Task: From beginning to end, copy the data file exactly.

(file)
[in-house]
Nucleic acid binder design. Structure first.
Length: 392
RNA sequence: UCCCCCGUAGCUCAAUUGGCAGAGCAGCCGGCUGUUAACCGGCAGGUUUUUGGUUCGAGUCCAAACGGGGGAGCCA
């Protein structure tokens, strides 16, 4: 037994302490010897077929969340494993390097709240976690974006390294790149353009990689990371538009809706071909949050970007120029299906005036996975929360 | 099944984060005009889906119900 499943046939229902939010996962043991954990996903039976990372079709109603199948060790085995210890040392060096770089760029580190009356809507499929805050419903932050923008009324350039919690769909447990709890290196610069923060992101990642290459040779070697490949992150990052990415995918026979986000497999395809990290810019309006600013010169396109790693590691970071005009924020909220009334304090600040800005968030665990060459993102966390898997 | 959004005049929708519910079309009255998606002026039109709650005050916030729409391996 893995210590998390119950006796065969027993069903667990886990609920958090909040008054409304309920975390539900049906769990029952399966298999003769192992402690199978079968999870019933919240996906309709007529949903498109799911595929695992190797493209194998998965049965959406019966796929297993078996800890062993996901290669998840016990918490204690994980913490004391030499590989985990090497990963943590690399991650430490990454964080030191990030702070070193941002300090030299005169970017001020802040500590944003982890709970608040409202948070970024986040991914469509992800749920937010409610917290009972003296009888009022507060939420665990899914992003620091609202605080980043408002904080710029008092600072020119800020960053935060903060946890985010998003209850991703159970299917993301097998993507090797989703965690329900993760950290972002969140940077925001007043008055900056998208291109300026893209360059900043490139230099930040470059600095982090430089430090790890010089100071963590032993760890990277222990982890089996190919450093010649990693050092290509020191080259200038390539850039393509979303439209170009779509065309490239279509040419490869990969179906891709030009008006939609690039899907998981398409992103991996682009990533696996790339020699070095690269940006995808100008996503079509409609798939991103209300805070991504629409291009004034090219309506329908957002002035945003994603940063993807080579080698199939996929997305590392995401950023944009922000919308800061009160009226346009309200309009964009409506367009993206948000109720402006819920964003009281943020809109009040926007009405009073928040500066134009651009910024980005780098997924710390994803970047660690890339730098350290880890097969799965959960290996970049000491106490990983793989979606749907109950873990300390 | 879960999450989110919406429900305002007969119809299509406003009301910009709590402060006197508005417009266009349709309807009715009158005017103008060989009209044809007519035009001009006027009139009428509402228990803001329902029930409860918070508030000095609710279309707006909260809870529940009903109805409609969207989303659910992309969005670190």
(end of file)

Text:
[in-house]
Nucleic acid binder design. Structure first.
Length: 392
RNA sequence: UCCCCCGUAGCUCAAUUGGCAGAGCAGCCGGCUGUUAACCGGCAGGUUUUUGGUUCGAGUCCAAACGGGGGAGCCA
């Protein structure tokens, strides 16, 4: 037994302490010897077929969340494993390097709240976690974006390294790149353009990689990371538009809706071909949050970007120029299906005036996975929360 | 099944984060005009889906119900 499943046939229902939010996962043991954990996903039976990372079709109603199948060790085995210890040392060096770089760029580190009356809507499929805050419903932050923008009324350039919690769909447990709890290196610069923060992101990642290459040779070697490949992150990052990415995918026979986000497999395809990290810019309006600013010169396109790693590691970071005009924020909220009334304090600040800005968030665990060459993102966390898997 | 959004005049929708519910079309009255998606002026039109709650005050916030729409391996 893995210590998390119950006796065969027993069903667990886990609920958090909040008054409304309920975390539900049906769990029952399966298999003769192992402690199978079968999870019933919240996906309709007529949903498109799911595929695992190797493209194998998965049965959406019966796929297993078996800890062993996901290669998840016990918490204690994980913490004391030499590989985990090497990963943590690399991650430490990454964080030191990030702070070193941002300090030299005169970017001020802040500590944003982890709970608040409202948070970024986040991914469509992800749920937010409610917290009972003296009888009022507060939420665990899914992003620091609202605080980043408002904080710029008092600072020119800020960053935060903060946890985010998003209850991703159970299917993301097998993507090797989703965690329900993760950290972002969140940077925001007043008055900056998208291109300026893209360059900043490139230099930040470059600095982090430089430090790890010089100071963590032993760890990277222990982890089996190919450093010649990693050092290509020191080259200038390539850039393509979303439209170009779509065309490239279509040419490869990969179906891709030009008006939609690039899907998981398409992103991996682009990533696996790339020699070095690269940006995808100008996503079509409609798939991103209300805070991504629409291009004034090219309506329908957002002035945003994603940063993807080579080698199939996929997305590392995401950023944009922000919308800061009160009226346009309200309009964009409506367009993206948000109720402006819920964003009281943020809109009040926007009405009073928040500066134009651009910024980005780098997924710390994803970047660690890339730098350290880890097969799965959960290996970049000491106490990983793989979606749907109950873990300390 | 879960999450989110919406429900305002007969119809299509406003009301910009709590402060006197508005417009266009349709309807009715009158005017103008060989009209044809007519035009001009006027009139009428509402228990803001329902029930409860918070508030000095609710279309707006909260809870529940009903109805409609969207989303659910992309969005670190």